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OK…so this is totally shameless self-promotion.
Larry Nance and I have completed the first edition of the Teacher’s Supplement to The Basics of Videojournalism.
This 90 page coil bound book will soon be available at the Journalism Education Association Bookstore.
Contents include more than thirty lesson plans for teachers to instruct budding VJs, as well as suggestions for setting up and teaching a class, forms (Syllabus, Equipment Liability Waiver, templates for scripts) and sample rubrics.
But don’t wait too long. This is limited (at this time) to the 25 books that are being hand delivering to the NSPA/JEA conference in San Francisco tomorrow morning. So pick up your copy there or hop online to order.
…it never changes. The process of creating a visual story that is. Larry Nance and I are merrily working on our tome, The Basics of Videojournalism when what should appear online but some helpful hints for visual shooters.
Trouble is – they’re more than ninety-five years out of date.
Or are they?
Thanks to Amanda Emily, here is a list of hints written by Pathe’ News editor Paul Hugon in 1916 – during the birth of the movement of newsreel shooters. Let’s see how those tips stack up.
Right off there’s this advice. Still applicable today.
The object of motion pictures is to show motion. Only things in which there is motion are worthy of the cameraman’s attention.
Then there’s the highly technical advice on exposure using a hand cranked camera.
For each turn of the handle, eight pictures are exposed. The handle is turned twice in one second. Therefore 16 pictures are exposed in one second.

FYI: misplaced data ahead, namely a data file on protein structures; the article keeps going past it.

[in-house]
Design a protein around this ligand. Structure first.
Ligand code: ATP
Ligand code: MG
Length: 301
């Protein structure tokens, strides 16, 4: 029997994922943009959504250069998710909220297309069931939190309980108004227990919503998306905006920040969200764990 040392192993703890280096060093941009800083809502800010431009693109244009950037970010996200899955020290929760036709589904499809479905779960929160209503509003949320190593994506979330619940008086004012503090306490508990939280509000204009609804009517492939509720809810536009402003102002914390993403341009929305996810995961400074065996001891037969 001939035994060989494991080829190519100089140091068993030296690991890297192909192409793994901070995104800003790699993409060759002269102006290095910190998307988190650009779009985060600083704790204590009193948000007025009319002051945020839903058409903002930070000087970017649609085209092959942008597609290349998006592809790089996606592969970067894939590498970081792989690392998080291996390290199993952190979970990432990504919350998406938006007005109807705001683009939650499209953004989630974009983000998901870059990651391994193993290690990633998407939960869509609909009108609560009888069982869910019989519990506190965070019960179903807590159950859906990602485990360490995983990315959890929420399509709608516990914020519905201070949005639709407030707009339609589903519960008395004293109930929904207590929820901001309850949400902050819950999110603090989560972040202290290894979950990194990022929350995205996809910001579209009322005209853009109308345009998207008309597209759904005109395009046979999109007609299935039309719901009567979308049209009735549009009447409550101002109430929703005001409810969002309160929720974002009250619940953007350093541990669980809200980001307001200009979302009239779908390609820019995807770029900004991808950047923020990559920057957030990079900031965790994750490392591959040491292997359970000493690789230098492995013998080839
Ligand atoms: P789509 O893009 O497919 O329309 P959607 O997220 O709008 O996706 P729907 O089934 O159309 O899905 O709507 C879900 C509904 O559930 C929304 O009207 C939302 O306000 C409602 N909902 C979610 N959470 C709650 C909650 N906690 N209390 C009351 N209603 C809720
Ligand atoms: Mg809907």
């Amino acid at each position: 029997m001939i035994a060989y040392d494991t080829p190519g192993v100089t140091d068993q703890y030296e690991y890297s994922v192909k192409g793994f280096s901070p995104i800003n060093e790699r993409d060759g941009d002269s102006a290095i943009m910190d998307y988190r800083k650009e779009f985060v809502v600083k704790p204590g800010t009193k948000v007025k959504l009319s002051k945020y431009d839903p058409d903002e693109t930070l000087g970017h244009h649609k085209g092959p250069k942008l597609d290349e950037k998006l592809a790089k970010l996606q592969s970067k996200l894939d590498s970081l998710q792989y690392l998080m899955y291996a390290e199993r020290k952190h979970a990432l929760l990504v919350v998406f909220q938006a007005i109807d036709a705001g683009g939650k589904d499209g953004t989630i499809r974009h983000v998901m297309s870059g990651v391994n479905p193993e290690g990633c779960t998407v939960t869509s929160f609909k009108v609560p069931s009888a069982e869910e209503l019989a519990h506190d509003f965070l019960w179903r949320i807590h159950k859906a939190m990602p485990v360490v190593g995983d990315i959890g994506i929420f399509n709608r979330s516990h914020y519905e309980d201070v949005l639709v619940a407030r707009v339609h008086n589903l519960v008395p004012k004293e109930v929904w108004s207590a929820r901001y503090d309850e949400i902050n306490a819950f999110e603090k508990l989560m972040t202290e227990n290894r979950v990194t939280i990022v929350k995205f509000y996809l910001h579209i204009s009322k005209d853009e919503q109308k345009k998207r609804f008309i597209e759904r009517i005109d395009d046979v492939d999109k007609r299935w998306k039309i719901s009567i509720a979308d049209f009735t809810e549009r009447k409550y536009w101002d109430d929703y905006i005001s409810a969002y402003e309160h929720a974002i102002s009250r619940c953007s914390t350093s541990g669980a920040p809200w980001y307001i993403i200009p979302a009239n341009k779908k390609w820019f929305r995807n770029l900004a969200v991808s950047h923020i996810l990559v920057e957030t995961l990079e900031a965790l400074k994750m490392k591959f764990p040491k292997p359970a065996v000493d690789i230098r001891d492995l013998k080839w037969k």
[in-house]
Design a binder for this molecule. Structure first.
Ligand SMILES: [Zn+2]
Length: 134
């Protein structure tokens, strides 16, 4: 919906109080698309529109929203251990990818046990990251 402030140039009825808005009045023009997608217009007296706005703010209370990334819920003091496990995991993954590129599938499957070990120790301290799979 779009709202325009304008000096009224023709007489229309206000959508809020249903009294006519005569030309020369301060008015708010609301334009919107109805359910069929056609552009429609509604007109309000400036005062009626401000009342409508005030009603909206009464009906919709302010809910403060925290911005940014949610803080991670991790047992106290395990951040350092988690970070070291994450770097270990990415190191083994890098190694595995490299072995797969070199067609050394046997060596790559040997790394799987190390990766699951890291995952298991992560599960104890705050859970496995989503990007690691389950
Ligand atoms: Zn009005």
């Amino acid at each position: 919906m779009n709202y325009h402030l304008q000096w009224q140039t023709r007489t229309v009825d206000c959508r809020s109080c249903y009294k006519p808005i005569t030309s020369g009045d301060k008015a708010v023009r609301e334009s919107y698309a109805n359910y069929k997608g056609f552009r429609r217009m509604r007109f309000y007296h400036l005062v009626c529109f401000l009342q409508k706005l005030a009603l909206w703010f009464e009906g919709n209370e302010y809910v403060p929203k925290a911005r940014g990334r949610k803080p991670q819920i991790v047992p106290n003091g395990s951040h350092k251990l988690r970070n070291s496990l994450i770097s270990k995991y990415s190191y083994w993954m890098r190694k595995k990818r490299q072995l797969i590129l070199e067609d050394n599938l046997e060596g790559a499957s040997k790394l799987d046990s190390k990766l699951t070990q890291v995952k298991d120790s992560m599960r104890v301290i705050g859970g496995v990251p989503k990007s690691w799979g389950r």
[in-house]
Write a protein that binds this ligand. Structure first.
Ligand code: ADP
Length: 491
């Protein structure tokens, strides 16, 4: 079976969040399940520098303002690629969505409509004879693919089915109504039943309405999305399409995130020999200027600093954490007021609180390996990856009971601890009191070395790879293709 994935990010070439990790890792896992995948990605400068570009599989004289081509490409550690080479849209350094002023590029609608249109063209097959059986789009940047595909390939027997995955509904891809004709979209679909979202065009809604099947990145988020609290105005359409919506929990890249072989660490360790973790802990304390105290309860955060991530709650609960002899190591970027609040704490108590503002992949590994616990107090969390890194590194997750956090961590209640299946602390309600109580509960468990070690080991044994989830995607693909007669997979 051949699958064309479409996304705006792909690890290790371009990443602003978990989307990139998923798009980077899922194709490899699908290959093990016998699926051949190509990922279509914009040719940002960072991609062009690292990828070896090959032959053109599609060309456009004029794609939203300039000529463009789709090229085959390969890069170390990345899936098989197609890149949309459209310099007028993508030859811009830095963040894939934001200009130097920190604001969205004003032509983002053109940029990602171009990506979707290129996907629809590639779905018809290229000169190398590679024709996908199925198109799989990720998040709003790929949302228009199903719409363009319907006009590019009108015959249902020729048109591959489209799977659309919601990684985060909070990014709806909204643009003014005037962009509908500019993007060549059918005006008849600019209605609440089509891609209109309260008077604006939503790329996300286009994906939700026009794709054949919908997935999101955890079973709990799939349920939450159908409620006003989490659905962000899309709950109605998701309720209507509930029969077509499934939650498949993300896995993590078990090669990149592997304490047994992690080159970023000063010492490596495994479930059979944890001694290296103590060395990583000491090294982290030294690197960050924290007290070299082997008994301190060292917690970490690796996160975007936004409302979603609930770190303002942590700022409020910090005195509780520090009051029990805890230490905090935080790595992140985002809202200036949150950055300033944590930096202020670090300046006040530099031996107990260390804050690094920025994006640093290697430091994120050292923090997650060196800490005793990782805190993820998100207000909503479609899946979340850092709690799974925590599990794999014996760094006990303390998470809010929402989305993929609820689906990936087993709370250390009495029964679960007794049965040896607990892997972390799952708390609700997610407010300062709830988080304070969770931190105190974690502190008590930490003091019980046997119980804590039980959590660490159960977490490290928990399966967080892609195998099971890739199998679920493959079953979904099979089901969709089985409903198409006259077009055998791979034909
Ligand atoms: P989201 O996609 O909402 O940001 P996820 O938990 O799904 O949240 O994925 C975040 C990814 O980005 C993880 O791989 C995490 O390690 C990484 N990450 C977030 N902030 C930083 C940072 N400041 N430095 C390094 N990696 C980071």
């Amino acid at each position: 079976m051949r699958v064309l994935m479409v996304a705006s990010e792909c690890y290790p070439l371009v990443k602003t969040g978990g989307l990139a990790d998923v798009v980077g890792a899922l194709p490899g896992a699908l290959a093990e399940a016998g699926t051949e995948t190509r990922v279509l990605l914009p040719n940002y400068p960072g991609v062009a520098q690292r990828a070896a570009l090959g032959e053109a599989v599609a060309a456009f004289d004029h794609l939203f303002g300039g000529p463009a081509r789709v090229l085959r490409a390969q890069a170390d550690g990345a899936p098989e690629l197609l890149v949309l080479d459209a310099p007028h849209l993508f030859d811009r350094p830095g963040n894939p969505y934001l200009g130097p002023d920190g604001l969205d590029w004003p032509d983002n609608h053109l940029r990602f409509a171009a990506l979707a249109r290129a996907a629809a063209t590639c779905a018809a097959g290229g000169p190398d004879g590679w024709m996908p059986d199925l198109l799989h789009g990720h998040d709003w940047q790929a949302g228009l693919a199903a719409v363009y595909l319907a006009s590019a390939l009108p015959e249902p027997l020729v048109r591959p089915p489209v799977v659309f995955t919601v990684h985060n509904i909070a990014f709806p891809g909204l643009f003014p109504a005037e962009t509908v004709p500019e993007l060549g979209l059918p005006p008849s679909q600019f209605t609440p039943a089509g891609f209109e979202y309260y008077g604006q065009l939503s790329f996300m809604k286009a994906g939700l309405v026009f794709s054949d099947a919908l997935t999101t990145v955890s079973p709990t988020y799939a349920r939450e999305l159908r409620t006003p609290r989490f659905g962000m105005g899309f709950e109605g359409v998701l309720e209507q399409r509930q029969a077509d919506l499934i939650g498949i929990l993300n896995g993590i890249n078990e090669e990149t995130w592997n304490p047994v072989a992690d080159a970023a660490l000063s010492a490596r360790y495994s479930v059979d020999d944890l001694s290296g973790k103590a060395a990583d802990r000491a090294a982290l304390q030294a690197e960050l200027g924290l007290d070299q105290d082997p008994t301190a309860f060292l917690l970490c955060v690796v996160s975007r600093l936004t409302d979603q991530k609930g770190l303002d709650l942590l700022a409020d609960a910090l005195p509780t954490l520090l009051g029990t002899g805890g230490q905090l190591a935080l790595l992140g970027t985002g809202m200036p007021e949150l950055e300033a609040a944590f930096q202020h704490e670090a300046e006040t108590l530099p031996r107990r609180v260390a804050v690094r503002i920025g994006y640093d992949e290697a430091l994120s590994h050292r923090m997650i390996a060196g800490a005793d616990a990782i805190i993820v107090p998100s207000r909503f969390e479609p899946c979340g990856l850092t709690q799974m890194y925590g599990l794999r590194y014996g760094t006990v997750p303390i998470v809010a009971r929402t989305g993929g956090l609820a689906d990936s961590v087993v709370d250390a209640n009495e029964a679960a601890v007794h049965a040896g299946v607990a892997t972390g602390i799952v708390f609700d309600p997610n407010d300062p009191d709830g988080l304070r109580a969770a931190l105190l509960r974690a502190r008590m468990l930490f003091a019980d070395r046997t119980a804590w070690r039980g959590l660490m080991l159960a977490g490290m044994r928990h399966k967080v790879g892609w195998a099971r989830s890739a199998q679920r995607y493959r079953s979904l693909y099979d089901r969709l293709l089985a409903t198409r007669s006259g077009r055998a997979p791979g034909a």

Translated to today’s terminology, most cameras set on auto expose approximately 30 pictures per second. And you don’t have to keep turning the crank to keep exposing new pictures.
And some advice we’re giving in the book. Use a tripod (dammit).
It is essential, to preserve the illusion which is the basis of the film business, that the pictures should be absolutely steady.
We’re in agreement on tilts and pans too! It is better by far to visualize and shoot what you see in several strong shots rather than taking the lazy route and panning or spraying the scene.
There should never be a panoram, either vertical or horizontal, unless it is absolutely essential to obtain a photographic effect, and in any case the panoram should be, not from the main subject to others, but from others to the main subject, where theattention will finally rest. It is very much better to take two scenes than one panorammed scene. Panoraming is the lazy man’s remedy.
There’s a lot more there and most of it pretty darn good. Shoot pretty subjects, striking effects of light and shade. A hefty dose of technical advice on iris and shutter. Ummmm…you can skip the sections on protecting the negative and shipping (by slow boat to China in those days).
And the conclusion is his Golden Rule…